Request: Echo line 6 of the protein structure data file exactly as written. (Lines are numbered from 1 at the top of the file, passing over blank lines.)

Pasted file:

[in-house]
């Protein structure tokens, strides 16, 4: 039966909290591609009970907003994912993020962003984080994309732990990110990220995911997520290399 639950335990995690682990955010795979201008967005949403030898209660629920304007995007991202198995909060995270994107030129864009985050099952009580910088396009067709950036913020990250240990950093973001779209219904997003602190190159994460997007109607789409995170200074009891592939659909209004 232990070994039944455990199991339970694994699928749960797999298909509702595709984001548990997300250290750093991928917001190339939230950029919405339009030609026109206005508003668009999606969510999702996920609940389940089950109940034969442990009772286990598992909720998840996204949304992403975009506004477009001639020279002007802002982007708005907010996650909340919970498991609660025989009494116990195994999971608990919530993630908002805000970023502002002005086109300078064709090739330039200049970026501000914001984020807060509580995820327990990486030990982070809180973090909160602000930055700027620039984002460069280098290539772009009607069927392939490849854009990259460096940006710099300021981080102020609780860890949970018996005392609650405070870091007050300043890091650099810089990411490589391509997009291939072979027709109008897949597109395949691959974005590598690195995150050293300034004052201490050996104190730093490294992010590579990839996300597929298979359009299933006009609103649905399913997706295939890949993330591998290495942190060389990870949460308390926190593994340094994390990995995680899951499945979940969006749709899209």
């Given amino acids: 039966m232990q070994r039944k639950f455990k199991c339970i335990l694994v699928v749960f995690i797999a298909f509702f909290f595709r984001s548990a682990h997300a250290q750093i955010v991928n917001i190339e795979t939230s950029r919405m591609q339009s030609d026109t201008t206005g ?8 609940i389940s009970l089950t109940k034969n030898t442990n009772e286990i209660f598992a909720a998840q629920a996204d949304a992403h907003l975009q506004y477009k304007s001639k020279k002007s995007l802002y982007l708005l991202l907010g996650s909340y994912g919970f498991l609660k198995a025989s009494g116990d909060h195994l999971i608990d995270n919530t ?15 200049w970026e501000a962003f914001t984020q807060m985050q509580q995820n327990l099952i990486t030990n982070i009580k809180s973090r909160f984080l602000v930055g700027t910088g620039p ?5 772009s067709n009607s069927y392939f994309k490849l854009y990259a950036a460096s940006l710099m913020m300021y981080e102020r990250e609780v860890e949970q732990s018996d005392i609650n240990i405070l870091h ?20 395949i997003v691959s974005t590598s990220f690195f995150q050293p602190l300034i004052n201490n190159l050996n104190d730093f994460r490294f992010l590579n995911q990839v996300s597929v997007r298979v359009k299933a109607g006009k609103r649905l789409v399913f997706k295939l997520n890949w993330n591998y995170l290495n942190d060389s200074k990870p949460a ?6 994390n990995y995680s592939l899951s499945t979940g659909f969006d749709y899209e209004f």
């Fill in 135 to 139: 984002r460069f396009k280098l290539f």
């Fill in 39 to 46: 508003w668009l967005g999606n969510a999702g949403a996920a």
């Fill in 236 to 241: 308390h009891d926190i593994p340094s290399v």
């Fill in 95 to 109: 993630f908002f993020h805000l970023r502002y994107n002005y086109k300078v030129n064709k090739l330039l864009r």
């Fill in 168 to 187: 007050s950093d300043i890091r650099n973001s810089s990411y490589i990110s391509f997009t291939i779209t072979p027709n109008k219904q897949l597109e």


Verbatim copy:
């Fill in 236 to 241: 308390h009891d926190i593994p340094s290399v």